Making a plan in case of a fire could mean the difference between getting all of your family members out of the house safely and failing to do so. Obviously we would all do anything in our power to make sure that our families are safe. Making a plan in case of a fire involves taking into consideration a number of things including the layout of your home, the accessibility to an exist that each individual will have and the abilities of individual family members to get out of the house unassisted.
It is important to involve your children in the making of a plan in case of a fire. You need your children to have involvement not only to keep them interested but also to assist them in remembering the plans that you will make together. Below are some guidelines for things that you should consider as you make a plan in case of a fire. If you come across other safety needs that are unique to your family be sure to include those in your plan as well.
Things to include in your fire escape plan:
•Prepare a floor plan of your home showing at least two ways out of each room (these exits will usually include the bedroom door and a window).
•Sleep with your bedroom door closed. In the event of fire, it helps to hold back heat and smoke.
•In the event of a fire, check the door by feeling towards the top of the door with the back of your hand. If the door feels hot, do not open it. Instead test and escape through another door or window.
•Check corridors and stairways to make sure they are free of obstructions and combustibles. Also, check all windows to make sure that they are well lubricated and are not difficult to open when unlocked. Make sure that whoever sleeps in rooms with windows can open those windows by themselves.
•If you have bedrooms on the upper level of your house you will need to purchase escape ladders. Easy-to-use window escape ladders are available through many catalogues and outlet stores for around $100.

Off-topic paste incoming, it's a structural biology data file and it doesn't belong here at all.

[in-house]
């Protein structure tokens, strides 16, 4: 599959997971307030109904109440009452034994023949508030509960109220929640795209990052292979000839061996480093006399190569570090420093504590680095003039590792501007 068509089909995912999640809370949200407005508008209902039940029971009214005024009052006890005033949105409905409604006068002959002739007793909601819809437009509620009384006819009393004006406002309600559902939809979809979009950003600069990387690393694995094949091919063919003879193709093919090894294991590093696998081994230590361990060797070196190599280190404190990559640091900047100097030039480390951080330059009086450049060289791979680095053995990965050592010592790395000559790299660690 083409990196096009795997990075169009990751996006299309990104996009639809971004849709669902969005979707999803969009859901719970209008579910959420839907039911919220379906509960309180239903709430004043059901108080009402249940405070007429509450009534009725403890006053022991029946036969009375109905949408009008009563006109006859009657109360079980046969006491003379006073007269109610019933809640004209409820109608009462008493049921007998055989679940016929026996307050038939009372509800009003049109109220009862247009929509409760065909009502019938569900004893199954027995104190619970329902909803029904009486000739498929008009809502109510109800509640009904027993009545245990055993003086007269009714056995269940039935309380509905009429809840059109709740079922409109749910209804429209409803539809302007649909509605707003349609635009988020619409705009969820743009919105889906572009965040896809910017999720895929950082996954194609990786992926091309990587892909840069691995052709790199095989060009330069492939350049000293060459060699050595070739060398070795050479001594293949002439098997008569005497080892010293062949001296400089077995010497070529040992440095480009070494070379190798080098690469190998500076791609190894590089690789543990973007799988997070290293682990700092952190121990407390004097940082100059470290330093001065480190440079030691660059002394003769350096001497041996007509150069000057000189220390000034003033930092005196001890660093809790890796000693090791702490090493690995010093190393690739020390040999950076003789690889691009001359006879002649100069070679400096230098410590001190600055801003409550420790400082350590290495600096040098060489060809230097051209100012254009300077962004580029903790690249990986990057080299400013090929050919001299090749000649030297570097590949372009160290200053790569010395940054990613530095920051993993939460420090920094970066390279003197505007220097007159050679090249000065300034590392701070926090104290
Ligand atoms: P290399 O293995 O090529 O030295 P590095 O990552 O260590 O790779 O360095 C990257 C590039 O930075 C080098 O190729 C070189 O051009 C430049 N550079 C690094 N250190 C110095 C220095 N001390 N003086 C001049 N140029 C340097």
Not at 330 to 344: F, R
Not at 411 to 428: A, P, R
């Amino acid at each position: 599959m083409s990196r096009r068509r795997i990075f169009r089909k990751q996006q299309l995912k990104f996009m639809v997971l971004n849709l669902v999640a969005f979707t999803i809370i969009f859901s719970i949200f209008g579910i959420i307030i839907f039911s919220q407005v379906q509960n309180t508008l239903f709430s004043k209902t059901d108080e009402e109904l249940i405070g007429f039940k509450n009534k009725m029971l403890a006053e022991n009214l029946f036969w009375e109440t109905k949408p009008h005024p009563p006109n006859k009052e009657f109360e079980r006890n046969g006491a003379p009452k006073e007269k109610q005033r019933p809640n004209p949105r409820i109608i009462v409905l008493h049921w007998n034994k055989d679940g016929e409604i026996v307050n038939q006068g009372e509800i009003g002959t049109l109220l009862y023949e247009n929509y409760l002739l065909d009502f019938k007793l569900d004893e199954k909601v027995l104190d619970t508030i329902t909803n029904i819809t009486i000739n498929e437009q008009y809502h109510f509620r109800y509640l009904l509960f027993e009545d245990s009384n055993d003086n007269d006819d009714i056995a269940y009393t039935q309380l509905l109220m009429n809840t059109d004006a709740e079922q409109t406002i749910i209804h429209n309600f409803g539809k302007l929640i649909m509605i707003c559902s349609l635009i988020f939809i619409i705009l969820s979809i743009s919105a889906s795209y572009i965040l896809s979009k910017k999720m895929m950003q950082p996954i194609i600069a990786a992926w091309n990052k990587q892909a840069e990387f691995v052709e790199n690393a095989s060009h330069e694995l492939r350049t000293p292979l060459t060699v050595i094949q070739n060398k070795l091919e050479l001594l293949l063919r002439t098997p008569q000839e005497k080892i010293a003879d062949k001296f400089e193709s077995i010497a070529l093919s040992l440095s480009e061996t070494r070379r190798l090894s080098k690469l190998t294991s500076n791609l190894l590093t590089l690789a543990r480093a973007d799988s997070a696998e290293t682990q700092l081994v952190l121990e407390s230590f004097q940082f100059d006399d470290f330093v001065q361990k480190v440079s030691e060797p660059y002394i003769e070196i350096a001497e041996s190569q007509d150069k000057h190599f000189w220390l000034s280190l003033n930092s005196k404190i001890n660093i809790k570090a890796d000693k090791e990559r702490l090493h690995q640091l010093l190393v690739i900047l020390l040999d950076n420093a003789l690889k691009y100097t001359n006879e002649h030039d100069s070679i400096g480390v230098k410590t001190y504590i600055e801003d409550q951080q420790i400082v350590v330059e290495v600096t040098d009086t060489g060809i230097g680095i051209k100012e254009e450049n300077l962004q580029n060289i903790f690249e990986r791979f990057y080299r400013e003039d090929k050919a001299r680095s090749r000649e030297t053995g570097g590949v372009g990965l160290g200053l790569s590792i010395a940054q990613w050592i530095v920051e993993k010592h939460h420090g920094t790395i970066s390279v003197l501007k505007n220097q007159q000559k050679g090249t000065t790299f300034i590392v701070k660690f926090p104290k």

•As you make your fire escape plan, agree on a fixed location out-of-doors where family members are to gather for a head count. Make sure that you stay together and away from the fire. Send one family member to call 911 from another location such as a neighbor’s house.
•No one should ever go back inside the burning building. Objects can be replaced but you cannot put a price on your health or your life.
•Have regular fire drills where you put your plan in case of a fire into action. These drills should be held at least twice a year. Through having these drills you will be able to see where there are flaws in your plan or which family members may need additional assistance getting out. Have a “de-briefing” period after your drill and ask each family member what they think can be done differently to make the fire escape plan run more smoothly.
Making a plan in case of a fire is smart and every family should have one, however it is also best that you do all that is possible to ensure that you never need to actually use your fire escape plan. Practicing rules of fire safety at home should be part of the education that you provide for your kids. Teach them about electrical safety and safety when in the kitchen cooking. Make sure that you have a fire extinguisher in the house and that every member of the family knows how and when to use it.